I was approached by Dan, a senior lecturer in the Geography department, after a mutual acquaintance put us in touch (someone who had bought my vegan Edinburgh map also worked in his department). Dan was interested in getting students making zines as part of their encountering cities module. Part of the module was to complete fieldwork in Edinburgh, and he was looking for a way for them to communicate their research and reflect on their experience, as well as challenge some of their ideas and think creatively about knowledges about cities specifically.
Is a zine made for a university assessment technically a zine? I went back and forth on this – bringing zine making into an institutional context risked neutering zine-making’s power, and appropriating DIY culture. What were the ethical implications of bringing zines and zine making into the context of an institution like the University of Edinburgh? In the end I decided three things. You are welcome to disagree with them.
- Many of these students would be encountering zines for the first time. If this encounter was with the zine library (and the wider world/context of zines) they’d have a better time than if it was just an assessment zine. Whatever way you come into contact with zines, there’s always a potential that you will then go on to make more outside of this original context. I had no intention of pulling any punches in introducing the students to zine culture.
- Making these zines and then taking them out of the institutional context remains a radical act. I hoped that some students would appreciate and take away from this.
- It was well paid. No point pretending that this wasn’t a factor, although its possible I would have done it anyway. The zine library is unfunded, so any income I or we get from it allows us to subsidise other workshops. It would be the ideal if the zine library could operate on the same economy that zines often operate, but for me the biggest learning curve in actually co-running the zine library has been about accepting the gap between the ideal and the reality, and attempting to bridge and navigate it.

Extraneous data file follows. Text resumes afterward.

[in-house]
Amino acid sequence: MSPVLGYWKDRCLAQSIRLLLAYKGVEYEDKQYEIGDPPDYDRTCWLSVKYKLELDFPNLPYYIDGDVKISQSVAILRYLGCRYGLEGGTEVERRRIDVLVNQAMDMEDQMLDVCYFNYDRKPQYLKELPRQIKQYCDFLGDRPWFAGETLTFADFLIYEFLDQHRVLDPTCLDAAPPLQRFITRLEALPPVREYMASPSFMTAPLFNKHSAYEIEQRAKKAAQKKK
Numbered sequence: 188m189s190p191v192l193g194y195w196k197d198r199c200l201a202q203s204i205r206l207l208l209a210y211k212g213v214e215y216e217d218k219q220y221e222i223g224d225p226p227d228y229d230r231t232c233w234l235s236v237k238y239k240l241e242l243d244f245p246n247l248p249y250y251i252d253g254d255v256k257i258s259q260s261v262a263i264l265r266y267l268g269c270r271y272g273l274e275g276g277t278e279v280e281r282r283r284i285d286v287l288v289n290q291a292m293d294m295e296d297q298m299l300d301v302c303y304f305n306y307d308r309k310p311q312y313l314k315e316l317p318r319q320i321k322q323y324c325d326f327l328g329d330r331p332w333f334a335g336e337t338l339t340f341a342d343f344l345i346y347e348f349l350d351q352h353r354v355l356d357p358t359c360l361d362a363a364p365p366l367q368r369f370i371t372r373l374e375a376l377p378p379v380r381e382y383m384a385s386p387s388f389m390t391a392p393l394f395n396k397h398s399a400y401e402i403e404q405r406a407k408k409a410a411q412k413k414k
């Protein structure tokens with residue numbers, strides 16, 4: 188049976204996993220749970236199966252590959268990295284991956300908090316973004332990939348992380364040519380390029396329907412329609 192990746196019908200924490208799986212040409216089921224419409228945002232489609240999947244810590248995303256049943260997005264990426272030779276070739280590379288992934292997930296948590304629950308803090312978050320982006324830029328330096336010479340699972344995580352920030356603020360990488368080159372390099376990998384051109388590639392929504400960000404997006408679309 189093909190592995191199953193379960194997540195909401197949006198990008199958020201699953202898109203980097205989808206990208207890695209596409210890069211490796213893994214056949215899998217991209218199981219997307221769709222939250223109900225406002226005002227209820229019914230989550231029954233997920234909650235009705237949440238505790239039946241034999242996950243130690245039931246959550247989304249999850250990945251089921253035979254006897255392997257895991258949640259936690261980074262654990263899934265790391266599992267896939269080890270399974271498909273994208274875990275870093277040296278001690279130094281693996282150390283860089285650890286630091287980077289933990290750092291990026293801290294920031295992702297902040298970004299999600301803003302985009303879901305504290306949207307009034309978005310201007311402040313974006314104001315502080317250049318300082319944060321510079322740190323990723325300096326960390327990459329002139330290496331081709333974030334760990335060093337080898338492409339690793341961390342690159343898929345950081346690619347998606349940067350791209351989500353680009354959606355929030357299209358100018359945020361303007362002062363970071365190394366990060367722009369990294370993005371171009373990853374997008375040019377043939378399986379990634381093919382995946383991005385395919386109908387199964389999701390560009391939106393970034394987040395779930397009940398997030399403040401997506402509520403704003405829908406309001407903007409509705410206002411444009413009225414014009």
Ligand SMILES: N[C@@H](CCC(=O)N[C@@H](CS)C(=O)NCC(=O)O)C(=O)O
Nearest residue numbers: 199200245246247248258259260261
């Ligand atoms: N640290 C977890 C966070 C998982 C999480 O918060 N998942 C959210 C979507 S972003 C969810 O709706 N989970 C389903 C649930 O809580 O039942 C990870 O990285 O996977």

Working on the assumption that none of the students had encountered zines before I started with a short 20-minute discussion of zines, the zine library and zine culture. The room was a lecture theatre with tiered seats (something I’d been worried about. Firstly because everyone is looking *at* you and secondly because we normally have groups sitting working at tables.)
Set up: Powerpoint was set up already, zines from the collection were laid out at the front of the room, pens, scissors, glue and magazines were handed out at the end of each row, with the instruction to pass down the row to distribute them as evenly as possible. We could have done with more scissors. The rest of the materials were hurled with gay abandon at the front of the room.
4.00 – Introductions and What/Why Zines? I tried to tailor this discussion to the specifics of the context, so looked at zines as a way of sharing knowledges.
4.20 – Students come to the front to chose a zine from the collection to take back to their seats. Read and reflect and share these reflections with your neighbors
4.30 – I go through five zines (with blown up pictures) that I feel best illustrate what they will be able to achieve in the assessment.
4.40 – I go through how to fold a mini zine, and they fold their own zines along with me.
4.50 – We play a version of ‘Wreck This Zine’ (I’m such a big fan of this activity in large groups where Pictionary splits the room too much).
5.10 – Visulation exercise – this was designed to give them a chance to reflect on a subject for their fanzine. I chose to ask them to visualise places, because, y’know, geography. It was a good opportunity for them to think about how to creatively communicate a place, and what aspects of place they wanted to communicate.